Background: Inhaled corticosteroids and oral theophylline are effective treatments for moderate asthma.
Objective: We sought to compare the benefits and adverse reactions of theophylline and aerosol beclomethasone spray.
Methods: A multicenter, double-blind, double-placebo, randomized, controlled trial of 1-year duration was performed. Seven hundred forty-seven patients with asthma received either beclomethasone dipropionate aerosol spray (84 microg four times per day) or sustained-release theophylline twice per day in doses adjusted for optimum control of the disease. The main outcome measures were daily diary of symptoms and peak flow rates (recorded on a mark-sense computer-readable form); supplemental bronchodilator use; doctor's office or hospital visits and absence from work or school; spirometry; methacholine testing; adverse experiences; and cortisol blood measurements.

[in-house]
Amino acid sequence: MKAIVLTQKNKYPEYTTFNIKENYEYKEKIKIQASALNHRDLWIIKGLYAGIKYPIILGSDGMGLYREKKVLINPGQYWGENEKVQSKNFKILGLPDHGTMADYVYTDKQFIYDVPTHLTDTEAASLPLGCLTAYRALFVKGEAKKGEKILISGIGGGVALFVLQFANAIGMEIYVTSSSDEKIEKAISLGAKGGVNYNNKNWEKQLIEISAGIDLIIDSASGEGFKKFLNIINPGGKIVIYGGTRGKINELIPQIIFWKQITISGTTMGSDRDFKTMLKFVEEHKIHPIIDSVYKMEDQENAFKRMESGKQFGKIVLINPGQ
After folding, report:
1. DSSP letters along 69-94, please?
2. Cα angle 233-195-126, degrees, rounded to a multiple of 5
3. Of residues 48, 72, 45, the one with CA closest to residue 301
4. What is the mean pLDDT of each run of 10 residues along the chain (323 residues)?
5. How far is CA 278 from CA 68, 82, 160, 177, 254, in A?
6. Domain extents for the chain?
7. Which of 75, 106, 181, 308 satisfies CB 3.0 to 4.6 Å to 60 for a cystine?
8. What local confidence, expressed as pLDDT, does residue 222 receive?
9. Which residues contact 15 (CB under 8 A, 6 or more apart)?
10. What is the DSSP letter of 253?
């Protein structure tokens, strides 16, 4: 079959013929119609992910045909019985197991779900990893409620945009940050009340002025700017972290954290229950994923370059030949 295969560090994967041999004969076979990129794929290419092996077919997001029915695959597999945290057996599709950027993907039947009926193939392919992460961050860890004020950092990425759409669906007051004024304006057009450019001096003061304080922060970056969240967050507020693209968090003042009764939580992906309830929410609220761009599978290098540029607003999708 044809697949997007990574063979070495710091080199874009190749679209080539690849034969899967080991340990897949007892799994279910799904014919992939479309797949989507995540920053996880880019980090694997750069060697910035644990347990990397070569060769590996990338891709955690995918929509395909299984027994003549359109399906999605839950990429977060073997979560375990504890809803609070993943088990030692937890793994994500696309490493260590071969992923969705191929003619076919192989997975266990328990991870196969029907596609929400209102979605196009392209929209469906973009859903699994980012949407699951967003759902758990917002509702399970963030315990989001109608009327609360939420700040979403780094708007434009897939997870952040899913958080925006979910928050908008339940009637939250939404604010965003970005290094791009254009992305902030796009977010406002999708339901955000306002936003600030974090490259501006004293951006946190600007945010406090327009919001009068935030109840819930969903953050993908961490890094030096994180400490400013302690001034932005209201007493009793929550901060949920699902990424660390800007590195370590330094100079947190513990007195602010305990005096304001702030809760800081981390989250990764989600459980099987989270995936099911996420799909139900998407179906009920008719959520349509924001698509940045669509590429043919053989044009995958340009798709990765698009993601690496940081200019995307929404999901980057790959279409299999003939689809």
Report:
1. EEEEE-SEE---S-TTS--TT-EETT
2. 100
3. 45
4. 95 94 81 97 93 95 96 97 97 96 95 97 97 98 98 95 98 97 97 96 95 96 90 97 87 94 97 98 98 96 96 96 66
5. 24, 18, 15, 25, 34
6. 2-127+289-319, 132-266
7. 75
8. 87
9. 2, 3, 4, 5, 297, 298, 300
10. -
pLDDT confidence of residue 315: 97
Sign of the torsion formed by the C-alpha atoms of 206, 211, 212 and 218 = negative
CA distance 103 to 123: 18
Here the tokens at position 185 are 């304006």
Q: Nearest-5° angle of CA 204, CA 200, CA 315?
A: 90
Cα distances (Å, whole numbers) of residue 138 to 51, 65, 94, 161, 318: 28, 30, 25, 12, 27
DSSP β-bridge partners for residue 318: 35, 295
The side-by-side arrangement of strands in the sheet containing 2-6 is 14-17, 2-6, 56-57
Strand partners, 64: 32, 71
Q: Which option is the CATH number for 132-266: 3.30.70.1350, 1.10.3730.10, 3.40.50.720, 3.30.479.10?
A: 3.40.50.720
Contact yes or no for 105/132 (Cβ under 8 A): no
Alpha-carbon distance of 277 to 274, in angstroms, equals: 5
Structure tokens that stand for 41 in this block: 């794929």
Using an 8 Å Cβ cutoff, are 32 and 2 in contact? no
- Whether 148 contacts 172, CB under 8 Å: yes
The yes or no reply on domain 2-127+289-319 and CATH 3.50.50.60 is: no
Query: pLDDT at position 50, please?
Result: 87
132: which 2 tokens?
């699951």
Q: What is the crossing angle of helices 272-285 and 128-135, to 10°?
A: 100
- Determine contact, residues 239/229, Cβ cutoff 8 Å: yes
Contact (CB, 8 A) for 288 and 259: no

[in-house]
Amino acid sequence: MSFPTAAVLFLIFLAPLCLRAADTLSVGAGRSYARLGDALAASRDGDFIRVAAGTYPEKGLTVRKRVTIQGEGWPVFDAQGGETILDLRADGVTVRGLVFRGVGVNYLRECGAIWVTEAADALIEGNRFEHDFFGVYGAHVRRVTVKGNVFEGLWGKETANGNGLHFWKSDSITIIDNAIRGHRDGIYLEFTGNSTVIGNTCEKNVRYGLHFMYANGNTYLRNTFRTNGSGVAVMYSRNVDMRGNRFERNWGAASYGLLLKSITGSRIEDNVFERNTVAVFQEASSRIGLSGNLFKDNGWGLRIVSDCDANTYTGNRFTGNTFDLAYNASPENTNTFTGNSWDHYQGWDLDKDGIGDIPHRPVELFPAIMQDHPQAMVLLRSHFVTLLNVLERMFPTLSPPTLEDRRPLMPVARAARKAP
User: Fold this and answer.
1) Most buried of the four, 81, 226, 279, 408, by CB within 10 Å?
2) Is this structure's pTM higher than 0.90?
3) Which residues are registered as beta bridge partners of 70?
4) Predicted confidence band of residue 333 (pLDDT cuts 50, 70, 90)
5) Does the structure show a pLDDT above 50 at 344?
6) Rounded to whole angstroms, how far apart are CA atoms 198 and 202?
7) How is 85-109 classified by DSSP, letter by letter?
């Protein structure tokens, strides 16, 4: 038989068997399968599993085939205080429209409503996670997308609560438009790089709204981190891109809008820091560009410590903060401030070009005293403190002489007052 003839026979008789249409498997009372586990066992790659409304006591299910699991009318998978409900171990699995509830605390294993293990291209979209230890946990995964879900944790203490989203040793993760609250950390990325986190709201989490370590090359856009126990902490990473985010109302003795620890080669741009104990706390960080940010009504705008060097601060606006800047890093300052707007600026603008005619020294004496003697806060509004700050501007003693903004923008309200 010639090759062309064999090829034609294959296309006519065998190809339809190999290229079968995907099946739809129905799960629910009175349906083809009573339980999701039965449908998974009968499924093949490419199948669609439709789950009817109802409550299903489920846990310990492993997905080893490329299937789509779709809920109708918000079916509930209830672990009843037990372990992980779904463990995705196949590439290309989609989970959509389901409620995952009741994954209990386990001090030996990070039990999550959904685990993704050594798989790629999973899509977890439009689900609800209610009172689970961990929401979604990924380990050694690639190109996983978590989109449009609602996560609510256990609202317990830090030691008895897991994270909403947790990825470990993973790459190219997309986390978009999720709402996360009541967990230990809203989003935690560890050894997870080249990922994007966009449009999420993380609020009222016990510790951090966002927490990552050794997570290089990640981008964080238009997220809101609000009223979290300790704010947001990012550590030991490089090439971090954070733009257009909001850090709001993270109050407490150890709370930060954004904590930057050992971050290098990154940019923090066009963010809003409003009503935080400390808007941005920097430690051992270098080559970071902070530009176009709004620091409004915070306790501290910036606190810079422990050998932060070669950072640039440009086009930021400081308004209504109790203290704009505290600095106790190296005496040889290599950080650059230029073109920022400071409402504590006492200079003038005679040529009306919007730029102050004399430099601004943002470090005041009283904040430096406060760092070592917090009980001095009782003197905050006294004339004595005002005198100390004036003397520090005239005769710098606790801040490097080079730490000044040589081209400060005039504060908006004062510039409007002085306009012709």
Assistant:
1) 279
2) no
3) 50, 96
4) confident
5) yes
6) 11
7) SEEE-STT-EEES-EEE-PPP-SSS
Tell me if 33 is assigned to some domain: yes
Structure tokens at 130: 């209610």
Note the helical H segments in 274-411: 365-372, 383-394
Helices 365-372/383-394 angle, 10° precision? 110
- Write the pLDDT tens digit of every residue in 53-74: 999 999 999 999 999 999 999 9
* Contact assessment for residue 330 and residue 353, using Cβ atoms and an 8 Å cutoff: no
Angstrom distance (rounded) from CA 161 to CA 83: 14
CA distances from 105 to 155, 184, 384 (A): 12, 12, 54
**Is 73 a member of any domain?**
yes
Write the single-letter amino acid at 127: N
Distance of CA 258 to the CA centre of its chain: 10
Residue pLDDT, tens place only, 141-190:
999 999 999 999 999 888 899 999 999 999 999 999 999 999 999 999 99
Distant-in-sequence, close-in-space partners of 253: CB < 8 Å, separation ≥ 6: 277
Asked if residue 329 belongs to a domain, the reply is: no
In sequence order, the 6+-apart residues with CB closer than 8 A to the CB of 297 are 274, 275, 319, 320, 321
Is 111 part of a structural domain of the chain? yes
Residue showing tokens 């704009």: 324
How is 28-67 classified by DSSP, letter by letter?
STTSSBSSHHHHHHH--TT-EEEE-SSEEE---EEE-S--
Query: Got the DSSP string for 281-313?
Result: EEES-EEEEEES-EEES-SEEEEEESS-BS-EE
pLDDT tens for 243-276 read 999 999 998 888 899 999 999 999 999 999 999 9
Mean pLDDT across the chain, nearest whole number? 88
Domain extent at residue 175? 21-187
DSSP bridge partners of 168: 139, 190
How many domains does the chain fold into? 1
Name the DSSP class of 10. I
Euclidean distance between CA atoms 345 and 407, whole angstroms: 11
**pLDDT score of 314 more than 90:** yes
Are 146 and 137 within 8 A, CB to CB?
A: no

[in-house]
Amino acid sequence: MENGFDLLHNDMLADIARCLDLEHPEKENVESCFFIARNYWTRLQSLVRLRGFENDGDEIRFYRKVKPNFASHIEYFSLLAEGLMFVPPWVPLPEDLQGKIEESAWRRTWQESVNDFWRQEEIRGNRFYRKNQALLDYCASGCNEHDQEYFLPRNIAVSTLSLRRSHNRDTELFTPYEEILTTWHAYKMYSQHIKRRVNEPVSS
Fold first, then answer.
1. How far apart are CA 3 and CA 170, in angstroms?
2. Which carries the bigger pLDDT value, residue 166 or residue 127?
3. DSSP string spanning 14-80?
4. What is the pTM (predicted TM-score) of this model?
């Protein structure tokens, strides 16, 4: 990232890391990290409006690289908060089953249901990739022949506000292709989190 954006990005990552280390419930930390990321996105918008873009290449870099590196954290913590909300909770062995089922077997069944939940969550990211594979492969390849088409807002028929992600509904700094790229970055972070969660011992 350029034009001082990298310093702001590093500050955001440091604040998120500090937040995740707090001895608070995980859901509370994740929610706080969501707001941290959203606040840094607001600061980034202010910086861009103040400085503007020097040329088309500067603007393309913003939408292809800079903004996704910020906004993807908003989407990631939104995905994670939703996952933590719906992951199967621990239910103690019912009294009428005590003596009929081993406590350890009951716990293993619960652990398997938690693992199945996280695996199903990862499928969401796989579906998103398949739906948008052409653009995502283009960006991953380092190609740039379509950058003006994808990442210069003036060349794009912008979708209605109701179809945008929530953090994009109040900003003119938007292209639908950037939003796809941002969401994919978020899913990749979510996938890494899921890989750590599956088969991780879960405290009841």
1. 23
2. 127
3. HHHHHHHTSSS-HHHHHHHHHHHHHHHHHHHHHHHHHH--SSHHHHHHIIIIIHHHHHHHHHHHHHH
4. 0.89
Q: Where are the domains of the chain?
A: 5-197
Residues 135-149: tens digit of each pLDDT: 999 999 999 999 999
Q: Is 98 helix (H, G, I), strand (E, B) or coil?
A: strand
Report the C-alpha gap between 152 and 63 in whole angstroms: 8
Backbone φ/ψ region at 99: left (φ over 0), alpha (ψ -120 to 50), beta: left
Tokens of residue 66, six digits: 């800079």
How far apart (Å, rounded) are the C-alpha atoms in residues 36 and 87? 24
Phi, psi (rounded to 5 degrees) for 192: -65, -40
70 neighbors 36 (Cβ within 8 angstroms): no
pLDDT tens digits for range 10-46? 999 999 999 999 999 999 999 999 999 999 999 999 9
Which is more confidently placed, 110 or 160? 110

Results: Both treatment strategies reduced symptoms promptly and achieved low absenteeism from work or school and low rates of emergency treatment for asthma. Both maintained nearly normal pulmonary function. Beclomethasone was statistically significantly more effective in reducing symptoms, supplemental bronchodilator and systemic glucocorticoid doses, bronchial hyperresponsiveness, and eosinophilia. However, the magnitude of these differences was small. Theophylline caused more headache, nervousness, insomnia, and gastrointestinal distress, and more patients discontinued treatment because of side effects. Beclomethasone caused more oropharyngeal candidiases and hoarseness and reduced morning plasma cortisol levels before and after cosyntropin. It reduced the rate of growth in children. No new cataracts or glaucoma developed.
Conclusion: Theophylline effectively controlled symptoms at lower than the customarily recommended blood level. The risk/ benefit profiles of these agents suggest that inhaled corticosteroids may be the preferred agent for most adult patients and for some children.